You should believe little that is written on our fisheries – particularly when it is from NGO’s or Governments. Instead you should trust your instincts, open your eyes and understand what the markets are telling you. Then think again and the solutions seem obvious. Let me explain.

Fish don’t have votes but fishermen do, so will always come first. It is the job of politicians and the big business interests running our fishing industries to tell us it’s all ok and business as usual. It is not.

Go to your local supermarket where you will find baby hake fillets and sole petite and a host of other smaller fish. Not because they are easier to catch or tastier, but simply because we have eaten their parents. You don’t need to be a farmer to understand that eating your breeding stock is not a good thing. In fact, the only full-sized fish you are likely to see are farmed ones. A trout or salmon farm can use as much as 2.3kg of sea caught fish – ground up into fish meal – to grow just 1kg of fish – of which we only eat the fillets!

Whilst it is true that huge strides have been made in the feed conversion ratios and that farmed salmon are more efficient at converting feed into protein than say poultry or cattle, most fish farms still require more fish in than you get fish out. You are still better off eating the last fish in the sea than these farmed species.

Fish like Tilapia and Barramundi require far less marine protein and therefore have a lower impact. Still we take millions of tonnes of fish from our seas each year just to provide protein for out industrial farming operations.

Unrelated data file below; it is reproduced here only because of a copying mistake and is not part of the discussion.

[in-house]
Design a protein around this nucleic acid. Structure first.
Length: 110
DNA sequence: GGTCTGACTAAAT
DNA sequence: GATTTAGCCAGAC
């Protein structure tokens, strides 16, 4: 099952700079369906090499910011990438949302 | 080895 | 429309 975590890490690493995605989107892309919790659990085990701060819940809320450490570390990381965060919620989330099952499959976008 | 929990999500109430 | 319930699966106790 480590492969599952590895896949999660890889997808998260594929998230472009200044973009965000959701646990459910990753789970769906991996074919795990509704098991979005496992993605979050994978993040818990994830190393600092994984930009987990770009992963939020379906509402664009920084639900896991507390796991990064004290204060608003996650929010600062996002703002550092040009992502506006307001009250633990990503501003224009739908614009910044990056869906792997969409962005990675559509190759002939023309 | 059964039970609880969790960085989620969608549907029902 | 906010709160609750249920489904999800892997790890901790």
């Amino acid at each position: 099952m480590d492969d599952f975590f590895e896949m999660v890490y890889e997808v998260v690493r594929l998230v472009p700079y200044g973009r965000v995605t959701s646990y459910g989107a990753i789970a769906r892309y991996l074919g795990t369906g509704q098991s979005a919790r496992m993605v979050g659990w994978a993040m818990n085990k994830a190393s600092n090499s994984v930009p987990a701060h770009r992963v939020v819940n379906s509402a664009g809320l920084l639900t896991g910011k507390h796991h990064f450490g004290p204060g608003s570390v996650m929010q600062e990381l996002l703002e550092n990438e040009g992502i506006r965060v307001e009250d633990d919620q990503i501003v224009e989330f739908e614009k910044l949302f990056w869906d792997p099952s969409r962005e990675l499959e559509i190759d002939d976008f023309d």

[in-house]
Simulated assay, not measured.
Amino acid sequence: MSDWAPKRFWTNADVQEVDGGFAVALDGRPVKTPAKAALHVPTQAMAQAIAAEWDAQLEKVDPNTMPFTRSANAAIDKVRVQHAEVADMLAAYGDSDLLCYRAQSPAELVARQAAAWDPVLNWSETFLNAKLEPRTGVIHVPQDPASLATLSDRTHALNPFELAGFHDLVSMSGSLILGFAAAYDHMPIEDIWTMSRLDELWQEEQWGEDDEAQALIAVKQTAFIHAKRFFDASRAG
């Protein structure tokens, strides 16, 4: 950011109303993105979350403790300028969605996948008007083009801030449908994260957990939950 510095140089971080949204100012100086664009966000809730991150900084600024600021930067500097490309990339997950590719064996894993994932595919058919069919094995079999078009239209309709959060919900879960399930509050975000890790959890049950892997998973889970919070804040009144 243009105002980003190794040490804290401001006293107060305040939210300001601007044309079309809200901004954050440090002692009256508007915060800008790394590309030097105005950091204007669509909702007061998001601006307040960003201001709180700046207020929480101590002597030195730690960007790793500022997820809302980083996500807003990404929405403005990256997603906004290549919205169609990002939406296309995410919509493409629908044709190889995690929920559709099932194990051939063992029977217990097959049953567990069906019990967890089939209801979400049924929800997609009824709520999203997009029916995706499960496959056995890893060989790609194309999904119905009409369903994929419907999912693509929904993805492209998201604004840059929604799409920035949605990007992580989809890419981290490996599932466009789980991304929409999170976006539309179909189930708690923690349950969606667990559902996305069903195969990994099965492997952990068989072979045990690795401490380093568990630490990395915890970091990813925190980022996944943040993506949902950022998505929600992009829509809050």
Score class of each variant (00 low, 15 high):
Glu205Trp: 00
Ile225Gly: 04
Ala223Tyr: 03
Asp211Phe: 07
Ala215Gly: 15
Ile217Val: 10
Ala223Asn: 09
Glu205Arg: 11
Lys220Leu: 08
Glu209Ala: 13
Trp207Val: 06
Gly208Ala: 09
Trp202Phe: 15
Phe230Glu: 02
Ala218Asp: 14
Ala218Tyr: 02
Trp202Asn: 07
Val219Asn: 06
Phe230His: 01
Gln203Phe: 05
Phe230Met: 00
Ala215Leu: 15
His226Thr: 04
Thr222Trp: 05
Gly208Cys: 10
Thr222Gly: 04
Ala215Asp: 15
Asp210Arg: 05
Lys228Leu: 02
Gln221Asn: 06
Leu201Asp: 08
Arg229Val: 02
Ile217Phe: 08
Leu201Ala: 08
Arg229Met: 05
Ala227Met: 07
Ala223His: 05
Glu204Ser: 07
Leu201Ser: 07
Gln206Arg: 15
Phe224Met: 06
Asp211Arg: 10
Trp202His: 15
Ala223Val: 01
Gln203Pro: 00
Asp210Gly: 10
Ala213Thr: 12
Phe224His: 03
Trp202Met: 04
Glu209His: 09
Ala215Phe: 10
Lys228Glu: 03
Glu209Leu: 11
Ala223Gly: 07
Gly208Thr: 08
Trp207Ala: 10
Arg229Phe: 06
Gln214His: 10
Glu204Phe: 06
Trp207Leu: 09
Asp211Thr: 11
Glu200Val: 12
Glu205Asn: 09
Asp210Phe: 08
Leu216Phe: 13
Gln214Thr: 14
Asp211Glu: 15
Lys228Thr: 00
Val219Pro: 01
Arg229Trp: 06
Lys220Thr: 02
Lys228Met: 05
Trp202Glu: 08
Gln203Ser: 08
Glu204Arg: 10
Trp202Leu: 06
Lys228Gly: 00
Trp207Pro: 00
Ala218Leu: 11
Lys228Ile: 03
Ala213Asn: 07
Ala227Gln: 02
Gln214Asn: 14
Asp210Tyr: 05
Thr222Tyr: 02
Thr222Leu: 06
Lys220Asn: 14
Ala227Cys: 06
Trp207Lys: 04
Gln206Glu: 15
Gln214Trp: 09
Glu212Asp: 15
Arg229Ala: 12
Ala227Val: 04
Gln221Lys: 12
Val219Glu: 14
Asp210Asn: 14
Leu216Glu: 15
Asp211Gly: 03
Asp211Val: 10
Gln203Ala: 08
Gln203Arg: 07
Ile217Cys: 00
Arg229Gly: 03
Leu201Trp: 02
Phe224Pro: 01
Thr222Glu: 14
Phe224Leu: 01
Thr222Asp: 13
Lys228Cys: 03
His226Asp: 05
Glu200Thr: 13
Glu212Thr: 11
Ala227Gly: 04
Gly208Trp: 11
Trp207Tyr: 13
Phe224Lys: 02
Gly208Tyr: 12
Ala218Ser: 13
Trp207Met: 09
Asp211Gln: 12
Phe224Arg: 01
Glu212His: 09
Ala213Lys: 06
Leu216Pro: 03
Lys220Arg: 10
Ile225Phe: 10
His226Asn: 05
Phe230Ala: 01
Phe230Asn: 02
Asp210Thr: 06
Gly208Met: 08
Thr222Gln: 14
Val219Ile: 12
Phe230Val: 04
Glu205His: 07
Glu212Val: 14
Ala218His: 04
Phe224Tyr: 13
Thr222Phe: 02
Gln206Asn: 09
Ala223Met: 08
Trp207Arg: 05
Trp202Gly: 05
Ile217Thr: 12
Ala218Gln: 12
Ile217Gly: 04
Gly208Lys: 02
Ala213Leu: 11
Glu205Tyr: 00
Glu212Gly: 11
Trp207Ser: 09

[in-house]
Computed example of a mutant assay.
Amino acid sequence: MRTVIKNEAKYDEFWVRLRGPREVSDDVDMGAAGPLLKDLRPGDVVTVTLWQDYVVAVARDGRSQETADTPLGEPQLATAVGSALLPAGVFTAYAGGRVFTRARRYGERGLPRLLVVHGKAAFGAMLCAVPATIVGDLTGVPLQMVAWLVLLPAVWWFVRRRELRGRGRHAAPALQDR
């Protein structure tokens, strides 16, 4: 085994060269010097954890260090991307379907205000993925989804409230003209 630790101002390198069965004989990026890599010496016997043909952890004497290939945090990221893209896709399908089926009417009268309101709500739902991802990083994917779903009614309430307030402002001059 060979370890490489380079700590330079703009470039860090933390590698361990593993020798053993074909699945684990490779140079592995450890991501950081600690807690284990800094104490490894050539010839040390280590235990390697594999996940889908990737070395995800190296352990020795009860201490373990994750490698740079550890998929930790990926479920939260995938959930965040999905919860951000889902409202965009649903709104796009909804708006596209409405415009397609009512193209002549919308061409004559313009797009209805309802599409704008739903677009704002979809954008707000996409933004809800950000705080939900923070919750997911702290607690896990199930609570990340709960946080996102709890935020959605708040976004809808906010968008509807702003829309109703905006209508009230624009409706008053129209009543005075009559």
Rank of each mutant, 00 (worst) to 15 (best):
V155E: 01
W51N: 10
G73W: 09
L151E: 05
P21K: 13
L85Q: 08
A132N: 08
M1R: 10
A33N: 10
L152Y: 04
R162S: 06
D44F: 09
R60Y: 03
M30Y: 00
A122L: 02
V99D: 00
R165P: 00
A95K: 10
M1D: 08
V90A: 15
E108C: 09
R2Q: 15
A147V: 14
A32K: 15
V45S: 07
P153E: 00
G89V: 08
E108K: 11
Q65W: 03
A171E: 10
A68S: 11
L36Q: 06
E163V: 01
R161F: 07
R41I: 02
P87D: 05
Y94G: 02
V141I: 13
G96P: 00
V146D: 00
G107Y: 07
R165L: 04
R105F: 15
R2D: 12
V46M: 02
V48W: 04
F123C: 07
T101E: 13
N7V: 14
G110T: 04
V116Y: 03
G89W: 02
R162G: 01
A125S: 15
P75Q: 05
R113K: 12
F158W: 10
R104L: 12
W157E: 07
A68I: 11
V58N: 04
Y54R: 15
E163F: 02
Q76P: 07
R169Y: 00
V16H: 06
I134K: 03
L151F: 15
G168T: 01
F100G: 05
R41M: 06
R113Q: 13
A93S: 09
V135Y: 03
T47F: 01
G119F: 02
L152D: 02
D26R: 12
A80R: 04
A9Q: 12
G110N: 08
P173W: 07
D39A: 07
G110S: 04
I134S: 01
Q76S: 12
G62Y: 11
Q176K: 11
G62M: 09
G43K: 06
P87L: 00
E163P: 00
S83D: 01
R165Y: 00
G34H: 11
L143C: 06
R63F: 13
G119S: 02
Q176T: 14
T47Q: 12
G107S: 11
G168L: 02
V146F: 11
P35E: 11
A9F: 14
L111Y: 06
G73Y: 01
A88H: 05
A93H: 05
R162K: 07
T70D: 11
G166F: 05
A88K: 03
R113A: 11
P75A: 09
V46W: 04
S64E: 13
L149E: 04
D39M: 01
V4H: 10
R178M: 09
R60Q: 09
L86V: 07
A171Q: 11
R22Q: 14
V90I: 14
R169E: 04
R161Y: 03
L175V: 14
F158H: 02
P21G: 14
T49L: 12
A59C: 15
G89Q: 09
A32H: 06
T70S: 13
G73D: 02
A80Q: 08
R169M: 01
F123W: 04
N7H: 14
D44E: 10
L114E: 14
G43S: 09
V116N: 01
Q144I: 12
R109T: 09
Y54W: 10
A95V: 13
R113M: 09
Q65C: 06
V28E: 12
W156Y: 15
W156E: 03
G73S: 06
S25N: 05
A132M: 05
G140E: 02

When a single mature bluefin tuna sold for $1.8 Million in Tokyo in 2013 – more than double the previous years record of $736,000 – it is the market telling us they are rarer that Rhino horns which sell (illegally) for the around $400,000 each.

When a fishing trawler rocks up on Cape Town’s Clifton Forth Beach everyone worries about the potential of an oil spill that will devastate the lovely sandy beach. In this mad world no one thinks to question what a Japanese trawler full of yellow fin tuna from South African territorial waters is doing there in the first place.

We have already destroyed the greatest natural wonder of the sea world – the Grand Banks. They have banned fishing on the Sea of Galilee because there are no fish left. When will we stop this madness and do the only thing we can do which is develop our marine protected areas. Where areas of our seas have been declared off limits to all fishing, stocks recover, mature fish breed and the young when overcrowded swim out to open seas where they fill the fishermen’s nets sustainably.

In a world where resources not taken by one person will be taken by another there is no other solution to the issue of our seas. Instead of pawing over new car brochures deciding on what extras to add to their latest state purchased luxury car – government ministers should be busy implementing a comprehensive marine reserve system around the world.

Let’s get busy repairing our future.